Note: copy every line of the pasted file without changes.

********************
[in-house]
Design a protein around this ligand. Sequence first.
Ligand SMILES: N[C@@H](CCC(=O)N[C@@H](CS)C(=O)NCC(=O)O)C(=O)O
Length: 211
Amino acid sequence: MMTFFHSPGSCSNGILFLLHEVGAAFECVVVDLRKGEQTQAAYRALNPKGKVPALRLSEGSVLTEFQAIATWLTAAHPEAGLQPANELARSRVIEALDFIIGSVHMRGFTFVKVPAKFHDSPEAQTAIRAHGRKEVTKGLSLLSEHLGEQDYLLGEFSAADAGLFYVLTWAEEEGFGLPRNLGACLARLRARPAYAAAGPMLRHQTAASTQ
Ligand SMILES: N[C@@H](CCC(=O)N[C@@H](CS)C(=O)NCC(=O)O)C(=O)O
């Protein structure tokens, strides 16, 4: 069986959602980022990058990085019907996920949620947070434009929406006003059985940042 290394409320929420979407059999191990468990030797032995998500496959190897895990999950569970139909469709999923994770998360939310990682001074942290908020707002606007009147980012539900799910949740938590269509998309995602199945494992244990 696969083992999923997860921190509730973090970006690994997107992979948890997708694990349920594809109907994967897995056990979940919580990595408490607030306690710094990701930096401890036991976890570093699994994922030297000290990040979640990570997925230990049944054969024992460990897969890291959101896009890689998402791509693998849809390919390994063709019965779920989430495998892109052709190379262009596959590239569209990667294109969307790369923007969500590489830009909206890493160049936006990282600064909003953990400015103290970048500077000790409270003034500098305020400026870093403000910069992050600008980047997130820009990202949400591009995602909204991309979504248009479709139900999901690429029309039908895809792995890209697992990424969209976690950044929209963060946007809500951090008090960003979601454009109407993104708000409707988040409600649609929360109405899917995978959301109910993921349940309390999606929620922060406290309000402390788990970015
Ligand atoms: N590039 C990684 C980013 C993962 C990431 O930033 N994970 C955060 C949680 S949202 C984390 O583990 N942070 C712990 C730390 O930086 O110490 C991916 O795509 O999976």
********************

[in-house]
Design a protein around this ligand. Sequence first.
Ligand SMILES: N[C@@H](CCC(=O)N[C@@H](CS)C(=O)NCC(=O)O)C(=O)O
Length: 211
Amino acid sequence: MMTFFHSPGSCSNGILFLLHEVGAAFECVVVDLRKGEQTQAAYRALNPKGKVPALRLSEGSVLTEFQAIATWLTAAHPEAGLQPANELARSRVIEALDFIIGSVHMRGFTFVKVPAKFHDSPEAQTAIRAHGRKEVTKGLSLLSEHLGEQDYLLGEFSAADAGLFYVLTWAEEEGFGLPRNLGACLARLRARPAYAAAGPMLRHQTAASTQ
Ligand SMILES: N[C@@H](CCC(=O)N[C@@H](CS)C(=O)NCC(=O)O)C(=O)O
């Protein structure tokens, strides 16, 4: 069986959602980022990058990085019907996920949620947070434009929406006003059985940042 290394409320929420979407059999191990468990030797032995998500496959190897895990999950569970139909469709999923994770998360939310990682001074942290908020707002606007009147980012539900799910949740938590269509998309995602199945494992244990 696969083992999923997860921190509730973090970006690994997107992979948890997708694990349920594809109907994967897995056990979940919580990595408490607030306690710094990701930096401890036991976890570093699994994922030297000290990040979640990570997925230990049944054969024992460990897969890291959101896009890689998402791509693998849809390919390994063709019965779920989430495998892109052709190379262009596959590239569209990667294109969307790369923007969500590489830009909206890493160049936006990282600064909003953990400015103290970048500077000790409270003034500098305020400026870093403000910069992050600008980047997130820009990202949400591009995602909204991309979504248009479709139900999901690429029309039908895809792995890209697992990424969209976690950044929209963060946007809500951090008090960003979601454009109407993104708000409707988040409600649609929360109405899917995978959301109910993921349940309390999606929620922060406290309000402390788990970015
Ligand atoms: N590039 C990684 C980013 C993962 C990431 O930033 N994970 C955060 C949680 S949202 C984390 O583990 N942070 C712990 C730390 O930086 O110490 C991916 O795509 O999976």